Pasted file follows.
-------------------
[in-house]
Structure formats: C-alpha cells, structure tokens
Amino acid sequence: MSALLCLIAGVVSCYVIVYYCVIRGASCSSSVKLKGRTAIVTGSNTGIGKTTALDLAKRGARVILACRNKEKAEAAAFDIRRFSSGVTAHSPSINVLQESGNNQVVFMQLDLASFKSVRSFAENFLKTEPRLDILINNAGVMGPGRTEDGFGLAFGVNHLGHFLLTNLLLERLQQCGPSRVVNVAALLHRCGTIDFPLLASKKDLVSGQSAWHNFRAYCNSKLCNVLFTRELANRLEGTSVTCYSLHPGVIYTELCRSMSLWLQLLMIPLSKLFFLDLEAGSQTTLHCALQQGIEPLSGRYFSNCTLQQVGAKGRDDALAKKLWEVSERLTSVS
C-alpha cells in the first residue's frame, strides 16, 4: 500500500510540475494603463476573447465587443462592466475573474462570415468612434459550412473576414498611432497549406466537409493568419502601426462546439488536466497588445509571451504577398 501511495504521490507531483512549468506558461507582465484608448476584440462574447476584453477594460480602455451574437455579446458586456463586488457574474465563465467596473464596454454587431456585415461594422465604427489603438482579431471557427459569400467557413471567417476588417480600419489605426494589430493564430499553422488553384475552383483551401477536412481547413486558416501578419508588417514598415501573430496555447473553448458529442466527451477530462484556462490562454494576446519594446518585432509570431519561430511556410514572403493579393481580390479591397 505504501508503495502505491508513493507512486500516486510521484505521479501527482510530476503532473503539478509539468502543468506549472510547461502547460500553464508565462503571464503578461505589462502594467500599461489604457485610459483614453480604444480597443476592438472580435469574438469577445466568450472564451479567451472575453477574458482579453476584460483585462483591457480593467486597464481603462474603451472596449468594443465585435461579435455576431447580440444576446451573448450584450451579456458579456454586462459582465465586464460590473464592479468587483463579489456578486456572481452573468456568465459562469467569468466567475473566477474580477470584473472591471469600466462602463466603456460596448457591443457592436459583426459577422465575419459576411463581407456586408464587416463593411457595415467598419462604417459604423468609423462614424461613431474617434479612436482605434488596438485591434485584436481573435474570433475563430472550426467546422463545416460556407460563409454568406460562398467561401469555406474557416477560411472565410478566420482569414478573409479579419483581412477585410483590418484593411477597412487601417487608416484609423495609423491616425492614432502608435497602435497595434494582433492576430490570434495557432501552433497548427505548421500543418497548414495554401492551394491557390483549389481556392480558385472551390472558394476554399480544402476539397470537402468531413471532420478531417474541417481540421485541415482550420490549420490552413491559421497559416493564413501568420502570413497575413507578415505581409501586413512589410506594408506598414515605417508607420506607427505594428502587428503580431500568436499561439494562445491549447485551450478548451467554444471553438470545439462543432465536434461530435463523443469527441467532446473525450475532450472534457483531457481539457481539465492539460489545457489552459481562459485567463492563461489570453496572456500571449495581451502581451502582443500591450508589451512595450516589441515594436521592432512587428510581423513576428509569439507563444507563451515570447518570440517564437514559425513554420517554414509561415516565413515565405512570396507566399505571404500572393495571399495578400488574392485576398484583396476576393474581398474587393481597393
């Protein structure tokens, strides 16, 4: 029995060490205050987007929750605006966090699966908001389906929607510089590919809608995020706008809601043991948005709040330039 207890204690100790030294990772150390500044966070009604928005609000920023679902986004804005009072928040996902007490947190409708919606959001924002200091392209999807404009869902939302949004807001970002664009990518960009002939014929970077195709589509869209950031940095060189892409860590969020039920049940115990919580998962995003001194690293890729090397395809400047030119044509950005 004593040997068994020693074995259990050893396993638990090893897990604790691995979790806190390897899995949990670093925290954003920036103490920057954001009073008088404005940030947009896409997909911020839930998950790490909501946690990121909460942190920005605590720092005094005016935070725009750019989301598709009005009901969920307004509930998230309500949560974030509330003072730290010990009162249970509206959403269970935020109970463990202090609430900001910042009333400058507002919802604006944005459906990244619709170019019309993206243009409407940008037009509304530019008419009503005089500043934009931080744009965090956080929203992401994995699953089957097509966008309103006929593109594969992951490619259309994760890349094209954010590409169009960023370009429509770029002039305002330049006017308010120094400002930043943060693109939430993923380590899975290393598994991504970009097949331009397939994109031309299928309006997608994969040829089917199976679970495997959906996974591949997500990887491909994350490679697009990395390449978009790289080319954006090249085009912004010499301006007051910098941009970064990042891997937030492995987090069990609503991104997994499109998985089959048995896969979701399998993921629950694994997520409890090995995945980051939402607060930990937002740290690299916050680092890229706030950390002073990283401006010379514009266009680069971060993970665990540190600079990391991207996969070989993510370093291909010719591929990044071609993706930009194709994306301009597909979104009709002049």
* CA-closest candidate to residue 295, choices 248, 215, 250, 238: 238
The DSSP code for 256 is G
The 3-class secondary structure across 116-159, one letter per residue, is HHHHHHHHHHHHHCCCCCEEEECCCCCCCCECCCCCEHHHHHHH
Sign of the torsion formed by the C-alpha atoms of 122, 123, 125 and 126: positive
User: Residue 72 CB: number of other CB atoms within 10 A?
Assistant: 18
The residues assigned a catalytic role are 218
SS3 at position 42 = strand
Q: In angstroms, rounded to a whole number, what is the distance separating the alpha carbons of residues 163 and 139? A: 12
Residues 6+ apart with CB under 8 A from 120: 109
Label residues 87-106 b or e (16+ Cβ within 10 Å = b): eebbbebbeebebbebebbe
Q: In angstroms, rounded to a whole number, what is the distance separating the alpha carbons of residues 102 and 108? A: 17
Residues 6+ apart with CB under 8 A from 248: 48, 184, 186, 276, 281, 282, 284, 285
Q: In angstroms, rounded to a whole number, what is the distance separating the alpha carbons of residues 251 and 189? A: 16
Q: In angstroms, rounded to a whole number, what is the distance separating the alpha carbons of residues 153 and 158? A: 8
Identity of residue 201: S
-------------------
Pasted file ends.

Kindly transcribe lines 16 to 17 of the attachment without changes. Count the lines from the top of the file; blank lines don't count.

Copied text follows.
Label residues 87-106 b or e (16+ Cβ within 10 Å = b): eebbbebbeebebbebebbe
Q: In angstroms, rounded to a whole number, what is the distance separating the alpha carbons of residues 102 and 108? A: 17